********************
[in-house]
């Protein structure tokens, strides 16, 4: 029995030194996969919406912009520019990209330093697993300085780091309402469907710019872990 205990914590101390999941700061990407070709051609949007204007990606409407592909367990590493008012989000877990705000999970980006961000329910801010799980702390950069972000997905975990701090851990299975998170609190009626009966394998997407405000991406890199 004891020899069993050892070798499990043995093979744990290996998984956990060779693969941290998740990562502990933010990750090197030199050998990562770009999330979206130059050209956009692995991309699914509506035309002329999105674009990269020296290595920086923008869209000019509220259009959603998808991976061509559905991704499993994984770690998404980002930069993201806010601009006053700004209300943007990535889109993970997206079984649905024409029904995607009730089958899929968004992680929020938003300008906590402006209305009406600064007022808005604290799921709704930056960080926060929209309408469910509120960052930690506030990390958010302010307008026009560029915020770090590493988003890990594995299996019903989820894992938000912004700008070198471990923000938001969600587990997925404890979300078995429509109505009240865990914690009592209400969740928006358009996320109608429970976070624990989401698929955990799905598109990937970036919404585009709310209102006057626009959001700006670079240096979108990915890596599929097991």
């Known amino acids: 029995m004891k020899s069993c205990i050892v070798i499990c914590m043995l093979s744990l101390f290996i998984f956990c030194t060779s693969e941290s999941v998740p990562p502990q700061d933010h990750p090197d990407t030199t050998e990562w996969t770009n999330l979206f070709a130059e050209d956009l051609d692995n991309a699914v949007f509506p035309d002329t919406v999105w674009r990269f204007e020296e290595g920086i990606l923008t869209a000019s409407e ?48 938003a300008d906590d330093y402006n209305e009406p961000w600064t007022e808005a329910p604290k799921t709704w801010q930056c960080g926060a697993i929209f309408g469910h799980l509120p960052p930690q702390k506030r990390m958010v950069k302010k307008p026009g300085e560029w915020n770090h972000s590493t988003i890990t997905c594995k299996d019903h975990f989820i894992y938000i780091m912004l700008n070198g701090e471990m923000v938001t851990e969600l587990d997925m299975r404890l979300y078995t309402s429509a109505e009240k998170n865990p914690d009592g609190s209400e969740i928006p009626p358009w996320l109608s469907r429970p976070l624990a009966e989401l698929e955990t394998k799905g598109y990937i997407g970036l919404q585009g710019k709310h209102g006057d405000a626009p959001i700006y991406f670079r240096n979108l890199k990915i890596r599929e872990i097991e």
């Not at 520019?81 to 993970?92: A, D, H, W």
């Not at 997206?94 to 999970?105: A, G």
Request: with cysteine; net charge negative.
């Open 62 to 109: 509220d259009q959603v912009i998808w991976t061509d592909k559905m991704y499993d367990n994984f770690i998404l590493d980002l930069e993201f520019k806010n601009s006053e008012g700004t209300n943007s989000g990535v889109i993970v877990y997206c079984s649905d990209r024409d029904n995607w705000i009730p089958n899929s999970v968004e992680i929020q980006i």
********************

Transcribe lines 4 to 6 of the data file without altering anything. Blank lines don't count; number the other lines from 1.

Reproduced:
């Not at 520019?81 to 993970?92: A, D, H, W």
């Not at 997206?94 to 999970?105: A, G």
Request: with cysteine; net charge negative.